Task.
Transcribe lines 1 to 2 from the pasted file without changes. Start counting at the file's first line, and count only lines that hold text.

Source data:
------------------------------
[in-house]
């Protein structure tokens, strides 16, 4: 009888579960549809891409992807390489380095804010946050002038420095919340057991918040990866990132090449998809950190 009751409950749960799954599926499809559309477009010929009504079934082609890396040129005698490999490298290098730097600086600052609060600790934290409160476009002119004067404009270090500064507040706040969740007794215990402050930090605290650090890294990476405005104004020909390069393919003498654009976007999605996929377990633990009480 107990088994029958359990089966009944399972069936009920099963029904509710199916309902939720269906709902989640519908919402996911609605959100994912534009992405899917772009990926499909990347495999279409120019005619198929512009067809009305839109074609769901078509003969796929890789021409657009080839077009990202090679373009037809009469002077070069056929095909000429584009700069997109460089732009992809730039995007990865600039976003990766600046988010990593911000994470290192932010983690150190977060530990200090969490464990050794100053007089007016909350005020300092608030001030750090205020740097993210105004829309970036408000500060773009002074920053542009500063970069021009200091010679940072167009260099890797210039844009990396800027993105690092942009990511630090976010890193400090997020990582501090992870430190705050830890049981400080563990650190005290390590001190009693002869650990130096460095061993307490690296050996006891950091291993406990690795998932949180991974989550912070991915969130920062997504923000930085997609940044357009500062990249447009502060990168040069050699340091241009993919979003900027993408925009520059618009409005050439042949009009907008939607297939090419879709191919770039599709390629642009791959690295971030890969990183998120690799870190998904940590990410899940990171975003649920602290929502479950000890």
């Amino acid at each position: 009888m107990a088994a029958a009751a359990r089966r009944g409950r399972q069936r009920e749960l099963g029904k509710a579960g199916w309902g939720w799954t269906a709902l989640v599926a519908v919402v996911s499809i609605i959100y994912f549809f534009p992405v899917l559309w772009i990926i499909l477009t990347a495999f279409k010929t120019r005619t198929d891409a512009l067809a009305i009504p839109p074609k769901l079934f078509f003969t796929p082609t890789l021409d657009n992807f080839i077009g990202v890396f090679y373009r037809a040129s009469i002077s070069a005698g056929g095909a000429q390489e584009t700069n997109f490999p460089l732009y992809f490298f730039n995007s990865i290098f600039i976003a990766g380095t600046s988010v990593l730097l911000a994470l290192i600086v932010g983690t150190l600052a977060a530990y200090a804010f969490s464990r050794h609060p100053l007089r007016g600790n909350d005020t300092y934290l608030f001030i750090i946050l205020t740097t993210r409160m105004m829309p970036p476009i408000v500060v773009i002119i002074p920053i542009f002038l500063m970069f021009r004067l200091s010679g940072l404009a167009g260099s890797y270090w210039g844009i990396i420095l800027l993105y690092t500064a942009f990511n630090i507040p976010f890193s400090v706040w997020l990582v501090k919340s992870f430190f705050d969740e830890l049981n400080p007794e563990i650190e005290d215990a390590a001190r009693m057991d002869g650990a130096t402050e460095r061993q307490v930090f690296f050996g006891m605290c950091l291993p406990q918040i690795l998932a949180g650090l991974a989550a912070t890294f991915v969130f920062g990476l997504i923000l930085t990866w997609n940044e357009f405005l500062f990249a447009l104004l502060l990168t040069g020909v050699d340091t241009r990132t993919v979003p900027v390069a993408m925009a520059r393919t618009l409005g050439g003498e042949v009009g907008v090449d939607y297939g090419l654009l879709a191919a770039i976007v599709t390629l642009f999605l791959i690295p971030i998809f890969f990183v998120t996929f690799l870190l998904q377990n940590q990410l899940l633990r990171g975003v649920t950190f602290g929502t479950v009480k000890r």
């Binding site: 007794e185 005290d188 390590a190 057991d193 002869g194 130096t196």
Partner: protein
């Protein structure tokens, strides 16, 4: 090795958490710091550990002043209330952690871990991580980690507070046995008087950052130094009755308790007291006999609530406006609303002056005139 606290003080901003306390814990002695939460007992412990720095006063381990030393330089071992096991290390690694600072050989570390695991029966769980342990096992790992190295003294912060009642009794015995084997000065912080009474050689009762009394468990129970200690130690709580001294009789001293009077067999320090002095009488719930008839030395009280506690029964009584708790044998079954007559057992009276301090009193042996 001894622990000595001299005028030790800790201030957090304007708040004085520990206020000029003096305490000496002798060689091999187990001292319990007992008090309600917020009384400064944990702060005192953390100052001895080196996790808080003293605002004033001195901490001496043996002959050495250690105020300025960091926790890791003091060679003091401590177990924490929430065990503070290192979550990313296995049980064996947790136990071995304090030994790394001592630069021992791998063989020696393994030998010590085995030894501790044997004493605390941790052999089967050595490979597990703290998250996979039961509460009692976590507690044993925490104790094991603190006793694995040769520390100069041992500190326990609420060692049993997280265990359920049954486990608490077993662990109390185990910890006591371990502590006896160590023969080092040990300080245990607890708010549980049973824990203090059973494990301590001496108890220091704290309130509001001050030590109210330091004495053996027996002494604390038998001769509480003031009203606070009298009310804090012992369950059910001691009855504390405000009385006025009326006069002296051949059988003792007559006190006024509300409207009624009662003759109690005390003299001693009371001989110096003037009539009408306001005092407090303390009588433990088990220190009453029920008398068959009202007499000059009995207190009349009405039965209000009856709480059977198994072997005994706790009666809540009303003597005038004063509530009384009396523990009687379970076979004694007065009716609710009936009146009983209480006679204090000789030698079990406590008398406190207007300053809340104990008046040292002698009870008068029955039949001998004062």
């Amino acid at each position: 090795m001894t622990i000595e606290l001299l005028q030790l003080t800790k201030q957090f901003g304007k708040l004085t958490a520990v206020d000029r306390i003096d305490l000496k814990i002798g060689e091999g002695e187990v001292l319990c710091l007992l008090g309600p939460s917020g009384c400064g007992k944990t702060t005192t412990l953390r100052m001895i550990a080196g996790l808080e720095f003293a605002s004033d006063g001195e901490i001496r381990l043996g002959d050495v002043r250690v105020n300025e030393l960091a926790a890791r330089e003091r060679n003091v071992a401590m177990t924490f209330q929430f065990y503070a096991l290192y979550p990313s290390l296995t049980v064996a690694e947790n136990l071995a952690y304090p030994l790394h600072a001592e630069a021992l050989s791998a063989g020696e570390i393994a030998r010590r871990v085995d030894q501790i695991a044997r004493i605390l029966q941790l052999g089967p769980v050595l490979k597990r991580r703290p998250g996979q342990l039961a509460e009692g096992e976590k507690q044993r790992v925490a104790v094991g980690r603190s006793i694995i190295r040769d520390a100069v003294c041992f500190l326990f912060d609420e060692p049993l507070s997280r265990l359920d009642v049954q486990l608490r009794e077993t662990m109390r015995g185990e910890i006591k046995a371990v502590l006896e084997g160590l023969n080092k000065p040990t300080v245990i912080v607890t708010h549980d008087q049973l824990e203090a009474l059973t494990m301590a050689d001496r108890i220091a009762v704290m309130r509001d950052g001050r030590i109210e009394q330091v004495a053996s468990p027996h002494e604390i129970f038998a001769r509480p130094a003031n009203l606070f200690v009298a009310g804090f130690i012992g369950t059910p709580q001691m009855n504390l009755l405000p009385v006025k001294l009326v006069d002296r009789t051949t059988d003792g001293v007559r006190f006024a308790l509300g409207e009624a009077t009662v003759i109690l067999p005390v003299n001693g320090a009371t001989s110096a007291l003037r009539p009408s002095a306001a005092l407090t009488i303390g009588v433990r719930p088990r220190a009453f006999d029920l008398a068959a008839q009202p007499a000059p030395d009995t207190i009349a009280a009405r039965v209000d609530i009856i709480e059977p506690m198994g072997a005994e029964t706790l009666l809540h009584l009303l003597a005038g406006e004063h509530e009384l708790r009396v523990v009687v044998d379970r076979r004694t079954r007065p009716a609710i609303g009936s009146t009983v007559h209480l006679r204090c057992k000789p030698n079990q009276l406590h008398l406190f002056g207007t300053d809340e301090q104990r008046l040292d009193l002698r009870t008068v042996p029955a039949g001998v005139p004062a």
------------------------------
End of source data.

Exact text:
[in-house]
């Protein structure tokens, strides 16, 4: 009888579960549809891409992807390489380095804010946050002038420095919340057991918040990866990132090449998809950190 009751409950749960799954599926499809559309477009010929009504079934082609890396040129005698490999490298290098730097600086600052609060600790934290409160476009002119004067404009270090500064507040706040969740007794215990402050930090605290650090890294990476405005104004020909390069393919003498654009976007999605996929377990633990009480 107990088994029958359990089966009944399972069936009920099963029904509710199916309902939720269906709902989640519908919402996911609605959100994912534009992405899917772009990926499909990347495999279409120019005619198929512009067809009305839109074609769901078509003969796929890789021409657009080839077009990202090679373009037809009469002077070069056929095909000429584009700069997109460089732009992809730039995007990865600039976003990766600046988010990593911000994470290192932010983690150190977060530990200090969490464990050794100053007089007016909350005020300092608030001030750090205020740097993210105004829309970036408000500060773009002074920053542009500063970069021009200091010679940072167009260099890797210039844009990396800027993105690092942009990511630090976010890193400090997020990582501090992870430190705050830890049981400080563990650190005290390590001190009693002869650990130096460095061993307490690296050996006891950091291993406990690795998932949180991974989550912070991915969130920062997504923000930085997609940044357009500062990249447009502060990168040069050699340091241009993919979003900027993408925009520059618009409005050439042949009009907008939607297939090419879709191919770039599709390629642009791959690295971030890969990183998120690799870190998904940590990410899940990171975003649920602290929502479950000890």